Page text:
Figure 2a. The graph above shows Arctic sea ice extent as of June 5, 2022, along with daily ice extent data for four previous years and the record low year. 2022 is shown in blue, 2021 in green, 2020 in orange, 2019 in brown, 2018 in magenta, and 2012 in dashed brown. The 1981 to 2010 median is in dark gray. The gray areas around the median line show the interquartile and interdecile ranges of the data. Sea Ice Index data.

Credit: National Snow and Ice Data Center
High-resolution image

Figure 2b. This plot shows the departure from average air temperature in the Arctic at the 925 hPa level, in degrees Celsius, for May 2022. Yellows and reds indicate higher than average temperatures; blues and purples indicate lower than average temperatures. || Credit: NSIDC courtesy NOAA Earth System Research Laboratory Physical Sciences Laboratory|High-resolution image

Figure 2b. This plot shows the departure from average air temperature in the Arctic at the 925 hPa level, in degrees Celsius, for May 2022. Yellows and reds indicate higher than average temperatures; blues and purples indicate lower than average temperatures.

Credit: NSIDC courtesy NOAA Earth System Research Laboratory Physical Sciences Laboratory
High-resolution image

Figure 2c. This plot shows average sea level pressure in the Arctic in millibars for May 2022. Yellows and reds indicate high air pressure; blues and purples indicate low pressure. ||Credit: NSIDC courtesy NOAA Earth System Research Laboratory Physical Sciences Laboratory|High-resolution image

Figure 2c. This plot shows average sea level pressure in the Arctic in millibars for May 2022. Yellows and reds indicate high air pressure; blues and purples indicate low pressure.

Credit: NSIDC courtesy NOAA Earth System Research Laboratory Physical Sciences Laboratory
High-resolution image

Through May, sea ice extent was tracking above levels not seen since 2013. The relatively extensive ice cover for this time of year was largely the result of lower than average temperatures in Baffin Bay. Winds from the north also slowed the retreat of ice in the Bering and Barents Seas. Within the Arctic Ocean, air temperatures at the 925 mb level (about 2,500 feet above the surface) were near average over most of the region in May, and 1 to 5 degrees Celsius (2 to 9 degrees Fahrenheit) above the 1981 to 2010 average along the coast of the Kara and East Siberian Seas, the East Greenland Sea, and the Canadian Archipelago (Figure 2b). Areas where openings formed within the ice cover were dominated by off-shore ice motion, pushing ice poleward as well as toward Fram Strait. This offshore ice motion is largely driven by a pattern of low sea level pressure over Eurasia coupled with high pressure over the Pacific sector of the Arctic (Figure 2c).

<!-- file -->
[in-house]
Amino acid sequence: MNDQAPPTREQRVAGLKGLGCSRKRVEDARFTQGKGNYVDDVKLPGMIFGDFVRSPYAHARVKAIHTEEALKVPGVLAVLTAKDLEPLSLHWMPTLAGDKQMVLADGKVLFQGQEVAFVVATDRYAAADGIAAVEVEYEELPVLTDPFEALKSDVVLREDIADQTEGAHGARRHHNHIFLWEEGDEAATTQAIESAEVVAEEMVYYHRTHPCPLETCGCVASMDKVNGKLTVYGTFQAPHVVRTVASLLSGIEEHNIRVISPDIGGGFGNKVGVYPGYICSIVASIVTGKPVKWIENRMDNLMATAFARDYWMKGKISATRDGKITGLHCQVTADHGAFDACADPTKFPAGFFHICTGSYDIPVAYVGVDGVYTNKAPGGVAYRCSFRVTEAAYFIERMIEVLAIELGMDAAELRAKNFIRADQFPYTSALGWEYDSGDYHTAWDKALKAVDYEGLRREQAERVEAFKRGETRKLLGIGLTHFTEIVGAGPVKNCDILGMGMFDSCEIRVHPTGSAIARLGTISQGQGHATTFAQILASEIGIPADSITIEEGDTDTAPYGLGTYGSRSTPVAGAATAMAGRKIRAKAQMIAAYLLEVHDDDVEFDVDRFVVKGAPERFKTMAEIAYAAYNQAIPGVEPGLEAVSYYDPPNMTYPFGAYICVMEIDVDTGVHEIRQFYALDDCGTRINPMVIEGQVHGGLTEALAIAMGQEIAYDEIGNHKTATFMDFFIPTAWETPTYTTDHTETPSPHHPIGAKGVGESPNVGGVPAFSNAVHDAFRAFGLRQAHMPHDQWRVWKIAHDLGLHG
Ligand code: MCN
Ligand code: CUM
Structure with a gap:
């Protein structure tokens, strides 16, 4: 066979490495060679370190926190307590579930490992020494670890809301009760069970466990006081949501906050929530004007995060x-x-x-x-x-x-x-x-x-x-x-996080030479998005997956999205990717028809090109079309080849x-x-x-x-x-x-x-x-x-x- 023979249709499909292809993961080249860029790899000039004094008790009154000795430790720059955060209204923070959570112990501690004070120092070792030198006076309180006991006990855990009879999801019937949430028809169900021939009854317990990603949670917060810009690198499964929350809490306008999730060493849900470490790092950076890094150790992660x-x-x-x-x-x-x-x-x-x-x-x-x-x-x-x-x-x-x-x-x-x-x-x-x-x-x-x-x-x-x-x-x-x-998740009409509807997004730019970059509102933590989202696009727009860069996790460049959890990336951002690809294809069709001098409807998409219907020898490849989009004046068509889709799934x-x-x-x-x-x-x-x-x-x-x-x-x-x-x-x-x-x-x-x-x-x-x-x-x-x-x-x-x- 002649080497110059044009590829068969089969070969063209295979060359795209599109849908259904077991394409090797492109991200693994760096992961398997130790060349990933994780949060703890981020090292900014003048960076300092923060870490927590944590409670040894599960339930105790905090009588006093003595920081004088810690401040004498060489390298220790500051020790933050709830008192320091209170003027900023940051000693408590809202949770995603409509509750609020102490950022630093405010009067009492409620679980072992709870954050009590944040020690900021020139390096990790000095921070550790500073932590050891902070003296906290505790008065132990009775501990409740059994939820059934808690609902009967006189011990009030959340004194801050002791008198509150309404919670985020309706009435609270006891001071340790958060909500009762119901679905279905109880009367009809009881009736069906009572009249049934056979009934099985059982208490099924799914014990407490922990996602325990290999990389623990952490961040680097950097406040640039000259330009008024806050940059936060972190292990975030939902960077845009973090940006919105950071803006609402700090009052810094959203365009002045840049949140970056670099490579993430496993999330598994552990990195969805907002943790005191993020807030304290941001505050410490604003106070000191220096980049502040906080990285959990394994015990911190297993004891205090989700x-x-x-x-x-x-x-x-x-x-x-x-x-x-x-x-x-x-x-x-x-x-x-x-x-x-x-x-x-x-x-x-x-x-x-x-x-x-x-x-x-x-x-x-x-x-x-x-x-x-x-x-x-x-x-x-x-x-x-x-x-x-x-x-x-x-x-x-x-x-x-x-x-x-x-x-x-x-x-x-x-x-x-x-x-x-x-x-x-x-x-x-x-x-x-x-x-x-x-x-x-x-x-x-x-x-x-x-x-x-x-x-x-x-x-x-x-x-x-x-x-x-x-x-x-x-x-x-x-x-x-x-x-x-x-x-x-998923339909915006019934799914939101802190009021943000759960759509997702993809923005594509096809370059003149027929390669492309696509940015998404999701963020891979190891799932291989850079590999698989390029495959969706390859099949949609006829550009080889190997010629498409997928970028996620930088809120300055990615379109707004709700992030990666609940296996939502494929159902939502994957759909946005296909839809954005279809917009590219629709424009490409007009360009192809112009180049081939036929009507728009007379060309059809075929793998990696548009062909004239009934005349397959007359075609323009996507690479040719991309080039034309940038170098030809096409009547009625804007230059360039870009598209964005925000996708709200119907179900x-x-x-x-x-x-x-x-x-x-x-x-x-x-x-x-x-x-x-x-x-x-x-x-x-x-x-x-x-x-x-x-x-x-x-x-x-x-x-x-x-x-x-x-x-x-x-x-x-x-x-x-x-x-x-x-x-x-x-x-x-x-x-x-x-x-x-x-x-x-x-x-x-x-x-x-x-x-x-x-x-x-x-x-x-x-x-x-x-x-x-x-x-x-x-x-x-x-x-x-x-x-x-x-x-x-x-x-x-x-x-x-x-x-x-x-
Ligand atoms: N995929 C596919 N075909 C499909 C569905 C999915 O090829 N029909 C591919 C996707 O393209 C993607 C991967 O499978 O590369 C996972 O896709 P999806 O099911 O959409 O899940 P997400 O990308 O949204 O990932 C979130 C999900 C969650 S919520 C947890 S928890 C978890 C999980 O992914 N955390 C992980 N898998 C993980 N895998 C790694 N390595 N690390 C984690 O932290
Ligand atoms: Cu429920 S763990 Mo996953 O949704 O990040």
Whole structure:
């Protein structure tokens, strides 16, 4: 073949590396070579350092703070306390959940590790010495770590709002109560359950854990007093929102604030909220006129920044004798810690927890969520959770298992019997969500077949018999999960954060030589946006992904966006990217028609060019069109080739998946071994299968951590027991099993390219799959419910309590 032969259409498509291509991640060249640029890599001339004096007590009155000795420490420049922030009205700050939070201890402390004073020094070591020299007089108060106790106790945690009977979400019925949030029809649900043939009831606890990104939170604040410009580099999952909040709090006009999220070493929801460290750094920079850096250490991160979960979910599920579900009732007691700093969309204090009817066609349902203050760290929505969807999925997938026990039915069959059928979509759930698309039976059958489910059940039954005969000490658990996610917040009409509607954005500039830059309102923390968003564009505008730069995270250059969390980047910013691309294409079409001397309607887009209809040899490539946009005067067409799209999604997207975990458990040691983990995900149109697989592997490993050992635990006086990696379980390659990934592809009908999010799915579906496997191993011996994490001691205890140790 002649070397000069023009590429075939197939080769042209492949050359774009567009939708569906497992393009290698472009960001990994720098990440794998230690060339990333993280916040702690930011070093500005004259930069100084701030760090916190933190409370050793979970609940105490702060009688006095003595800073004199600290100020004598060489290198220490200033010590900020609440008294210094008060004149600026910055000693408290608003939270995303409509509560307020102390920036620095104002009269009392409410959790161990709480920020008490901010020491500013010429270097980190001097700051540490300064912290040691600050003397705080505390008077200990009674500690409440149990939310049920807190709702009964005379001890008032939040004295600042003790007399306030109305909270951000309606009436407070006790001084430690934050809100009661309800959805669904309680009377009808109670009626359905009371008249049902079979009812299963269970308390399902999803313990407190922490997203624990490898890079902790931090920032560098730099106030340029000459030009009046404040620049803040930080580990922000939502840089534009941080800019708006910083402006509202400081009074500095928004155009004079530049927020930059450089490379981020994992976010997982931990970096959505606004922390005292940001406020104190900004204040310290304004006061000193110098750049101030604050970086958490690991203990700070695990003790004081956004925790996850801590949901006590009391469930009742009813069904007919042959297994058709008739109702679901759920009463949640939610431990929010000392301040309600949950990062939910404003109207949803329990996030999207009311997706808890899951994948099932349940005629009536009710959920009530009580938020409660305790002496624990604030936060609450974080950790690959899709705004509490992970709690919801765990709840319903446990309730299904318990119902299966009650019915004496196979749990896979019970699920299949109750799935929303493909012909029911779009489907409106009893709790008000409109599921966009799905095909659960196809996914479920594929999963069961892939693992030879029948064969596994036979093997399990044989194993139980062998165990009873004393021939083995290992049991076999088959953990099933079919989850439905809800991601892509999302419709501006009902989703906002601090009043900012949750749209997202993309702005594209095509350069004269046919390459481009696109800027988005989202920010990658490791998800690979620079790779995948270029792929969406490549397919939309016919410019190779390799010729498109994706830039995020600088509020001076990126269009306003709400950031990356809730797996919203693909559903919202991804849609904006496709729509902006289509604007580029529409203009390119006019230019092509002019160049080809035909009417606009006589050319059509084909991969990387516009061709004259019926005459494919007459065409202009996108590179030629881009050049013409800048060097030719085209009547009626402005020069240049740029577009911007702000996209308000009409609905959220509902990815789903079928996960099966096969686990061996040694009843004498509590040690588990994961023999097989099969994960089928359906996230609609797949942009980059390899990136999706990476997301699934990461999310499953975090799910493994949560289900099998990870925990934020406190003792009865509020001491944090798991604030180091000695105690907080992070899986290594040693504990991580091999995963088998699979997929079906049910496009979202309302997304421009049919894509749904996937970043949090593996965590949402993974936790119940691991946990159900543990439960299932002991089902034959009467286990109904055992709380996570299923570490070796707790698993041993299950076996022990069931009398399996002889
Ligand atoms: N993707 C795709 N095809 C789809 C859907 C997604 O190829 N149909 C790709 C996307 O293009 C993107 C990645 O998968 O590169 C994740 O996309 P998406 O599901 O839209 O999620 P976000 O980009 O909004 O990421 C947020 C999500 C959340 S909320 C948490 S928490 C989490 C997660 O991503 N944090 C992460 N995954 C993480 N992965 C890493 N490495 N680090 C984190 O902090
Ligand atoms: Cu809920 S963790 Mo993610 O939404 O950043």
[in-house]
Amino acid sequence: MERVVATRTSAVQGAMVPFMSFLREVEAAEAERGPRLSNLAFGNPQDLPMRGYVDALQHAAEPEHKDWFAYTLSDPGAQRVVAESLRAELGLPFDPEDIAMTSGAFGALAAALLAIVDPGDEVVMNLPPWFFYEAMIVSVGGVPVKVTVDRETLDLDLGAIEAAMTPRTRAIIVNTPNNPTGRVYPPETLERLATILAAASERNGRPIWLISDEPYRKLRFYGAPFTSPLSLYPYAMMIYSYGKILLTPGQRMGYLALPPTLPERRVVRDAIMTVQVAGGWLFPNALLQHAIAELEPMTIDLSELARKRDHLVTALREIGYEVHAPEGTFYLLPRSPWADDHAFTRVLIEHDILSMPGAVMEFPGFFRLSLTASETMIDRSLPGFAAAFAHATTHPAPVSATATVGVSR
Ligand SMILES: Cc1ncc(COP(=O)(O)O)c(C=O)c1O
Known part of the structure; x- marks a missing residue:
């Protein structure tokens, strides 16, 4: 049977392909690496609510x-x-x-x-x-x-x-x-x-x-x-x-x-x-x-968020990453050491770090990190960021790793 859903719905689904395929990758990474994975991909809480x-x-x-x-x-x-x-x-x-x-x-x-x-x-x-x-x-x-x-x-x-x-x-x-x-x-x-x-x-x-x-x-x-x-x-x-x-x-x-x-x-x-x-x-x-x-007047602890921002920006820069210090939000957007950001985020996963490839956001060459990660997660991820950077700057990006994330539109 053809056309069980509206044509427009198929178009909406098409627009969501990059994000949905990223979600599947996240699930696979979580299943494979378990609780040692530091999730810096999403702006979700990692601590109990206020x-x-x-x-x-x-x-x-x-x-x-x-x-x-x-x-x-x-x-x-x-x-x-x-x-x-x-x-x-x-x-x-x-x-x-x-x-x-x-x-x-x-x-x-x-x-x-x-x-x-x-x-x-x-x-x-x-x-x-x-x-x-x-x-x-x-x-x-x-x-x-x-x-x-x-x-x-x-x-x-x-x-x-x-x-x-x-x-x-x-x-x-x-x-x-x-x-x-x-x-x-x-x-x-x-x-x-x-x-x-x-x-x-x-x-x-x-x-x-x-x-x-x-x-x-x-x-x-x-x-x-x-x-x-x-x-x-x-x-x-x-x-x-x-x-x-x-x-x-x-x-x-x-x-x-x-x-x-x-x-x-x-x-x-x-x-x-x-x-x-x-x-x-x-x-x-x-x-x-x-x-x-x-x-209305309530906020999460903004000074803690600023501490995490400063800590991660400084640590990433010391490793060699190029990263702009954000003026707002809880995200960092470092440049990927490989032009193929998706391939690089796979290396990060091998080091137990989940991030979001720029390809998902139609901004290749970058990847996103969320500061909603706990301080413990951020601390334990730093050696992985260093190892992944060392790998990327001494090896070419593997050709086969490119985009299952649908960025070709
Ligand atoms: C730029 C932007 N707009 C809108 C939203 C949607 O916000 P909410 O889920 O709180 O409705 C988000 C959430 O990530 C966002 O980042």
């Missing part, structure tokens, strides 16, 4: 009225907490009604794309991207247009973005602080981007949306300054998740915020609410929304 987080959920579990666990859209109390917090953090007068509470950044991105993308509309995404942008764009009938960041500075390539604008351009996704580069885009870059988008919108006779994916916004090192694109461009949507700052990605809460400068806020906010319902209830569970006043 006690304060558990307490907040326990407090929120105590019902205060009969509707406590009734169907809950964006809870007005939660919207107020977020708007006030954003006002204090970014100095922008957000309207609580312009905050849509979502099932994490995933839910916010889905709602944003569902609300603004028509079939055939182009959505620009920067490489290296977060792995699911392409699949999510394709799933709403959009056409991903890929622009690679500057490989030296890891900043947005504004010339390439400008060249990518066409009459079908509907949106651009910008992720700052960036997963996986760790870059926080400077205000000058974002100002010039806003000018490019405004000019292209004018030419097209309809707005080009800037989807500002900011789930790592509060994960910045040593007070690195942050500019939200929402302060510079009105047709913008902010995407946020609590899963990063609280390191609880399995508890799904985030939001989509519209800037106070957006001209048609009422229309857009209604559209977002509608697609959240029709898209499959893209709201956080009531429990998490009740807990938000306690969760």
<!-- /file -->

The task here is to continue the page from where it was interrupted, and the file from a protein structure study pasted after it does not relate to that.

May 2022 compared to previous years

Figure 3. Monthly May ice extent for 1979 to 2022 shows a decline of 2.5 percent per decade.||Credit: National Snow and Ice Data Center| High-resolution image

Figure 3. Monthly May ice extent for 1979 to 2022 shows a decline of 2.5 percent per decade.

Credit: National Snow and Ice Data Center
High-resolution image

May sea ice extent declined by 1.28 million square kilometers (494,000 square miles), or at a rate of 41,200 square kilometers (15,900 square miles) per day, which was slower than the 1981 to 2010 average. This resulted in an average May extent that ranked fourteenth lowest in the satellite record. The downward linear trend in May sea ice extent over the 44-year-satellite record is 33,700 square kilometers (13,000 square miles) per year, or 2.5 percent per decade relative to the 1981 to 2010 average (Figure 3). Based on the linear trend, since 1979, May has lost 450,000 square kilometers (174,000 square miles) of sea ice. This is equivalent to the size of the state of California.